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Grazing

Friday, December 6, 2013

Grazing: Open-Faced Grilled Cheese Sandwich With Robie Farm Toma & Cider Jelly

Posted By on Fri, Dec 6, 2013 at 4:37 PM

The raw milk cheeses of Robie Farm are intense. In fact, the entire place is kind of intense, in its own bucolic way: a 140-year-old dairy farm on a windswept plain in Piermont, N.H. (just across from Bradford, Vt.).

The family ages and hand-turns their cheeses on white-ash-tree planks, and then sells them inside a rustic, generally unmanned farm store that's also stocked with raw milk, eggs and frozen cuts of pork and veal (including swoonworthy bacon). The dairy case holds tangy, powerful cheeses with names such as Piermont, Swaledale and Echo Hill Gervais, an herbed, spreadable, pungent and scumptious cheese made in collaboration with neighboring Bunten Farm.

Sometimes you'll run into chatty cheesemaker Mark Robie inside the shop; otherwise, you leave your cash or check on the honor system, which is still pretty common across the Upper Valley.

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Friday, November 22, 2013

Grazing: Why Hatin' on Beaujolais Nouveau Is So Wrong

Posted By on Fri, Nov 22, 2013 at 5:46 PM

Last night, I dropped in on what was probably one of Vermont's only Beaujolais Nouveau release parties. And though I planned to write about some raw-milk cheeses today, a bee has landed in my bonnet: The snark that many wine industry people (writers, retailers, distributors, etc.) reserve for this wine.

If you're unfamiliar with BN, it's a very young, Gamay-based wine that ferments only for only a few weeks before it's bottled. Released each year on the third Thursday of November, it's the first taste of the year's harvest; bars and wine shops in Paris and elsewhere will pop open bottles at midnight to jumpstart a wine-centric party. Yesterday, I received a late invite to a release party that the New England Culinary Institute was throwing at Chef's Table In Montpelier. 

Balloons marked the entrance and, on the inside, NECI students (some clad in berets) roamed the cozy red rooms pouring Joseph Drouhin's Beaujolais Nouveau and serving up French morsels such as coq au vin. About two dozen people sipped and discussed the wine —  some had never tried Beaujolais of any stripe before. They chatted about everything from its flavors (lots of red fruit, of course, but grippier than in past years), to the year's weather in France, to beer (this being Vermont). It was a mellow, low-key celebration of wine and food and fall and all things French.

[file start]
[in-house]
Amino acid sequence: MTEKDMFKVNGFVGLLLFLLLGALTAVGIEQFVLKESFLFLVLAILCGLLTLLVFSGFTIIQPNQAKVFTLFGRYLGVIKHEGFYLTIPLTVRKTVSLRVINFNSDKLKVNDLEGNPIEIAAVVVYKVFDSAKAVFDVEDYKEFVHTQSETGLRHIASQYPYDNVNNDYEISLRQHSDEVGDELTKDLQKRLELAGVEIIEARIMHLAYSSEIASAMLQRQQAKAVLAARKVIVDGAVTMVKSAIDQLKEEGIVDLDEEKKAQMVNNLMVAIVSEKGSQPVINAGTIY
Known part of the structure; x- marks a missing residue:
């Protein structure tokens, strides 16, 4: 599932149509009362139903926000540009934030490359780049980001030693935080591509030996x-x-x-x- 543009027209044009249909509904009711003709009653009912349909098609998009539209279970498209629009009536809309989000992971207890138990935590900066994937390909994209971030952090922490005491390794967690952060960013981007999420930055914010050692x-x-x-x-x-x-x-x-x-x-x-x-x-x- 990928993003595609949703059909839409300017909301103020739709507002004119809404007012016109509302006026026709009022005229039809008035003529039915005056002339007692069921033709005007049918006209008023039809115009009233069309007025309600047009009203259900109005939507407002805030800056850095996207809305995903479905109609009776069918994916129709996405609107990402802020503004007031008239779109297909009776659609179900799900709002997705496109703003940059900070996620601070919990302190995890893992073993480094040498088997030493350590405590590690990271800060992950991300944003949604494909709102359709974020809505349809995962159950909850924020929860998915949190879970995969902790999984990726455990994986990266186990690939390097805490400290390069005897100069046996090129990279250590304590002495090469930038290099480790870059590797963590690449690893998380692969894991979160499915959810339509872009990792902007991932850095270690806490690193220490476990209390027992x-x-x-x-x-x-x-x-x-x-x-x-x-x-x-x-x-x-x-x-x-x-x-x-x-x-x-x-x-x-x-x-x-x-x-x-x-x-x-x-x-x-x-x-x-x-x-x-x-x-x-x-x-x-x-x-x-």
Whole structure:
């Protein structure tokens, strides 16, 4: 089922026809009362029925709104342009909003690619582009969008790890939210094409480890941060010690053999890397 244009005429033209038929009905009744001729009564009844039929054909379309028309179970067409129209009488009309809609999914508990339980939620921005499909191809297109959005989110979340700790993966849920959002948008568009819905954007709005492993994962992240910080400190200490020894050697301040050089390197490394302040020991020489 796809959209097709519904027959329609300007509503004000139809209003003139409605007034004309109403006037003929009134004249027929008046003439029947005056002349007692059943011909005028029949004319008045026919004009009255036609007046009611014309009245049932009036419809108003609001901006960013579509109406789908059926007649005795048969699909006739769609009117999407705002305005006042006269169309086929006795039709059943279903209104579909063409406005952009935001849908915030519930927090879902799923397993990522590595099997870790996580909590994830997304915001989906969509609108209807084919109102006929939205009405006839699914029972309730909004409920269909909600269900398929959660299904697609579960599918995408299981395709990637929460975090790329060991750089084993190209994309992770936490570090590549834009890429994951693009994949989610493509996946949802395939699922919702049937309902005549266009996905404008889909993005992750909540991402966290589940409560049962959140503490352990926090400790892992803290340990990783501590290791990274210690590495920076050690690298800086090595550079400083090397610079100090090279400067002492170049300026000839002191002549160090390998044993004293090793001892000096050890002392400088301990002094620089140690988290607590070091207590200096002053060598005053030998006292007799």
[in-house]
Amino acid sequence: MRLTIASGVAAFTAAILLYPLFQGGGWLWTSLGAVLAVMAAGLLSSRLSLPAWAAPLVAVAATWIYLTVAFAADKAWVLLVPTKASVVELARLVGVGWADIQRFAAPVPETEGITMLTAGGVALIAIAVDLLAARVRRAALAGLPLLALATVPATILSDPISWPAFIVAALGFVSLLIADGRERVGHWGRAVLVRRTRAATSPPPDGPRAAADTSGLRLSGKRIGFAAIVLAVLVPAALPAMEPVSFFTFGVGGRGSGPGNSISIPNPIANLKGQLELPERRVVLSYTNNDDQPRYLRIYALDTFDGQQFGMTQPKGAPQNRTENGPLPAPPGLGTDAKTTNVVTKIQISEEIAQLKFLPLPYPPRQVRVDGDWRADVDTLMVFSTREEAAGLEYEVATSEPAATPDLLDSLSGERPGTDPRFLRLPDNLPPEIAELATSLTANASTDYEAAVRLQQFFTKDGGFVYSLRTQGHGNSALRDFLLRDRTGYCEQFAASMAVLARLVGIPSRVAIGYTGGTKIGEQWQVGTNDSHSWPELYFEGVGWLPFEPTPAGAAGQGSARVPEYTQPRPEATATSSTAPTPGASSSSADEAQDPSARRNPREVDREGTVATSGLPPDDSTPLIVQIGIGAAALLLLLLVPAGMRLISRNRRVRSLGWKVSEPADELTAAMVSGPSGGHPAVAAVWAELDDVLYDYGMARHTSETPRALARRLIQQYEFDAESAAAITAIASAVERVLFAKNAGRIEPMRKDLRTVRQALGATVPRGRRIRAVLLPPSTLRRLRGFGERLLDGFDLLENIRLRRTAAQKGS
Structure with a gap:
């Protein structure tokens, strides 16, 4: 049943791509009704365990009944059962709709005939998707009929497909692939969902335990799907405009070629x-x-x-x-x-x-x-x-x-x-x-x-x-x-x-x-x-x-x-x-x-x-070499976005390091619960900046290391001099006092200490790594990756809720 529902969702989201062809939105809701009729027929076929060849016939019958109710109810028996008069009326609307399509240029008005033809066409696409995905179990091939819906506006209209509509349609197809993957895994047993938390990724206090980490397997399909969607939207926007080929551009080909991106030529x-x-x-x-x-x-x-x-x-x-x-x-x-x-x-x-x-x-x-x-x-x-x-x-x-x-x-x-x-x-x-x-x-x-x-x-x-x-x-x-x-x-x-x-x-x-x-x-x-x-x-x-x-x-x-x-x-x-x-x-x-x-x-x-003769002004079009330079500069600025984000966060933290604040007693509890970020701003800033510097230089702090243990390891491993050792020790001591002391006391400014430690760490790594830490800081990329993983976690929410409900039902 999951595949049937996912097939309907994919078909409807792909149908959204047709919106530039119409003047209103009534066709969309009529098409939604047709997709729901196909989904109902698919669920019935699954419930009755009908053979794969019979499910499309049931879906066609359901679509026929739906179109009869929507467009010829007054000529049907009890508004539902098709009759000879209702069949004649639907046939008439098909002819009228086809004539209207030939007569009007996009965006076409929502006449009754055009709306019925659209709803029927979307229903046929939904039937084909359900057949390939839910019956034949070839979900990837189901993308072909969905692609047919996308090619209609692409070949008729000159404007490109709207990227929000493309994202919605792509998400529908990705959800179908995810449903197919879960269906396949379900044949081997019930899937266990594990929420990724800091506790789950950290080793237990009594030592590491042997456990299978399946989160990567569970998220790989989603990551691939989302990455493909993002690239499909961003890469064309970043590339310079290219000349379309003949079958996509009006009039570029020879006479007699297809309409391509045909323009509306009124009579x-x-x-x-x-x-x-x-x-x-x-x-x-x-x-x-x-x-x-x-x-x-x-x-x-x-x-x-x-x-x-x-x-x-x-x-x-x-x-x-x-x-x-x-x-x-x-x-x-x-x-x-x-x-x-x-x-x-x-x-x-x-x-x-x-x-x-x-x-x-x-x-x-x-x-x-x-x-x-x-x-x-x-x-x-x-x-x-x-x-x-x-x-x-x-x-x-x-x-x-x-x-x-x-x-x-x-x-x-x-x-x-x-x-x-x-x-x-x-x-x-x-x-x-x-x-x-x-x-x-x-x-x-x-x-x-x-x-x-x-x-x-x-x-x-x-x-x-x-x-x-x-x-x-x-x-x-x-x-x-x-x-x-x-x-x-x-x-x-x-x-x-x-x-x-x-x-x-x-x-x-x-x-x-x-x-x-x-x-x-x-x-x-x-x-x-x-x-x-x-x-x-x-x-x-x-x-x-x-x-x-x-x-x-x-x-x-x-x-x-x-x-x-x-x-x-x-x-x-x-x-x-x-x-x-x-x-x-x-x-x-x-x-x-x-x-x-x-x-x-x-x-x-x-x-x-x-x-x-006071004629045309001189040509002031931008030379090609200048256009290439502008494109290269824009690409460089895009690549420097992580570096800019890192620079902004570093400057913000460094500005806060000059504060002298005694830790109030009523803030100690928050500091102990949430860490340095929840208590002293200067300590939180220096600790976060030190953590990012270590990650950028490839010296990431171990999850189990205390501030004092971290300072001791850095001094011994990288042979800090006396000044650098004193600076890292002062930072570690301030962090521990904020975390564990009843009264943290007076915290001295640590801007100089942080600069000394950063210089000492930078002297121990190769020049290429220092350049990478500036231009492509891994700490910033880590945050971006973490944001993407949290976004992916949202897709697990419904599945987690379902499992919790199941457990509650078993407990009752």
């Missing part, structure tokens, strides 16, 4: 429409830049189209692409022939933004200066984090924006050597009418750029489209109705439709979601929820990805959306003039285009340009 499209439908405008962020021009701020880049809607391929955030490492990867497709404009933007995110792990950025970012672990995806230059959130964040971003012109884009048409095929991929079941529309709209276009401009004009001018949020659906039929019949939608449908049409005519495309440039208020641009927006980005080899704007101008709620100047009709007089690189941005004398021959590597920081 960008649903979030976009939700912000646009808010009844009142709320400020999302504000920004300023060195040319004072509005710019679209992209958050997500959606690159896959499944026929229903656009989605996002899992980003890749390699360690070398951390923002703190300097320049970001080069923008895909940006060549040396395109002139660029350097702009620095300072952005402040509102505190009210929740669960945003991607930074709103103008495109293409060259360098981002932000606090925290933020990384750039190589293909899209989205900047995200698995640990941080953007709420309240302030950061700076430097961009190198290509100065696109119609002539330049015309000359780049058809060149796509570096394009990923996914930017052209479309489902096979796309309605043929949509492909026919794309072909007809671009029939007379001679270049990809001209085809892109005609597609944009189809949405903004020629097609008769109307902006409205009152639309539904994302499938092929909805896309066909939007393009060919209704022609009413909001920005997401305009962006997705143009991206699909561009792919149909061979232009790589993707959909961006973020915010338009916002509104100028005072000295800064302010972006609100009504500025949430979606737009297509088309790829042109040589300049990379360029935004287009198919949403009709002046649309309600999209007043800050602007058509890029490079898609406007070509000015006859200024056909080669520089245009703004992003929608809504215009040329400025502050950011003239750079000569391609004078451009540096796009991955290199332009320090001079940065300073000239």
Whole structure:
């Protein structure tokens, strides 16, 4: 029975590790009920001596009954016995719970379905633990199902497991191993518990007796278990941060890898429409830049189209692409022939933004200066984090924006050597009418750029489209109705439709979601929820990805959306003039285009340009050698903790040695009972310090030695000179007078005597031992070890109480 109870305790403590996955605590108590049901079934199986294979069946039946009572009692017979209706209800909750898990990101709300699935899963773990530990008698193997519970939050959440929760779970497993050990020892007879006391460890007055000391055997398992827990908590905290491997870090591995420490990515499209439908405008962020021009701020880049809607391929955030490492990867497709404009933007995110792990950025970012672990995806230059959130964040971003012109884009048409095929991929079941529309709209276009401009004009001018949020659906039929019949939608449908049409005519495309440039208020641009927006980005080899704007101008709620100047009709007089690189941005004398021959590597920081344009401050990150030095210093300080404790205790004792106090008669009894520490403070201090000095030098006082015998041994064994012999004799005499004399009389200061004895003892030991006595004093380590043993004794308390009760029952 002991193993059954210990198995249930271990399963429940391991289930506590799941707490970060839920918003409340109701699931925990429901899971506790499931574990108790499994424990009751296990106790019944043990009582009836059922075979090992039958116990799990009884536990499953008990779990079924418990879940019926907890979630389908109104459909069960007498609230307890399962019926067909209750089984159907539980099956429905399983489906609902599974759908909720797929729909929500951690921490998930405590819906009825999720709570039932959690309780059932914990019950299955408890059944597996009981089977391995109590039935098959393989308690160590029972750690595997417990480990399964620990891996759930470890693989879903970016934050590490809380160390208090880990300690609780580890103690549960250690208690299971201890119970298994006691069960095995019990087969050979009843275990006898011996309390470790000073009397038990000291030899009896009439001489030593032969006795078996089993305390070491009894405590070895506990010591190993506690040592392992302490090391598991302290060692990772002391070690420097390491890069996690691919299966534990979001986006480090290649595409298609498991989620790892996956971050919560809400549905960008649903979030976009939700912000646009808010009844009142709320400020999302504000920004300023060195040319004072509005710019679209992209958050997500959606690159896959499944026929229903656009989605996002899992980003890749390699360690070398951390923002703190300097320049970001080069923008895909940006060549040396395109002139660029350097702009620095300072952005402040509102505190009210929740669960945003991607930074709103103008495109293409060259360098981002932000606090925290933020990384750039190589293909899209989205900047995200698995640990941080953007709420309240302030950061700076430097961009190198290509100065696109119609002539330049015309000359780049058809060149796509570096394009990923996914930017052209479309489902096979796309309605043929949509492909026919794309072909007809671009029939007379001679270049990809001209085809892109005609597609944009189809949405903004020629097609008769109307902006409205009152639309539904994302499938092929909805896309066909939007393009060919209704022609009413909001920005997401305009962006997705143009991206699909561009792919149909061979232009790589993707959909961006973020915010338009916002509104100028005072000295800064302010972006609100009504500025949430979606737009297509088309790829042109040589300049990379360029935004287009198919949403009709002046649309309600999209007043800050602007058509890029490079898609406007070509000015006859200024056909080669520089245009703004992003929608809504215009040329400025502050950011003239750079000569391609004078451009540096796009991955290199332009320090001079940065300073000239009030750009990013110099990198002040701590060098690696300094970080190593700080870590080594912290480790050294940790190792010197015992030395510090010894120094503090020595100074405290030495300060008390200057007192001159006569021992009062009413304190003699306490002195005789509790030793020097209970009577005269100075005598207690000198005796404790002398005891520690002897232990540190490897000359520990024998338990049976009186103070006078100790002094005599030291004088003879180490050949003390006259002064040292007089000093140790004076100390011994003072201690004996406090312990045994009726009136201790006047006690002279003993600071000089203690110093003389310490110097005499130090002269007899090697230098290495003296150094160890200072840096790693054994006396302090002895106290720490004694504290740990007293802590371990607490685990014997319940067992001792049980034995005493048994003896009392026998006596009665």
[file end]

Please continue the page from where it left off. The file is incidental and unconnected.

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Friday, November 15, 2013

Grazing: Little Sweets at Maglianero

Posted By on Fri, Nov 15, 2013 at 4:54 PM


Anyone who still has room in their belly at the end of a meal at Burlington's Hen of the Wood knows that the pastries from pastry chef Andrew LeStourgeon are swoonworthy. The pull of his molten brownie topped with scorched pine merengue is so strong that I've gorged on it twice.

Which is why today was a happy day, especially for 7Dayzers who work a few steps away from Maglianero. HOTW's pastry arm, Little Sweets, made its first delivery of petite croissants, doughnuts, buns, muffins, cookies and scones to the café this morning, including crunchy-on-the-outside glazed chocolate donuts ($2 each), chewy, intensely flavored coconut macaroons ($2 each) and caramelized caneles de Bourdeaux ($3.25 each). Most of them were gone by mid-afternoon.

"I really wanted our pastries to be more in line with what we're doing with the coffee," says Corey Goldsmith, Maglianero's manager, who seems passionate that first-rate pastry should be an integral part of the Maglianero experience. "I wanted to work with people who are really dedicated to their craft." 

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Friday, November 8, 2013

Grazing: The Best Bakery You May Have Never Been To

Posted By on Fri, Nov 8, 2013 at 3:29 PM



When choosing a coffee shop or café to work in, a few things need to be taken into account: coffee selection, noise levels, ambience, clientele (will you run into friends while on deadline?), the availability of Wi-fi, and whether there are baked things on hand that will unnecessarily tempt you.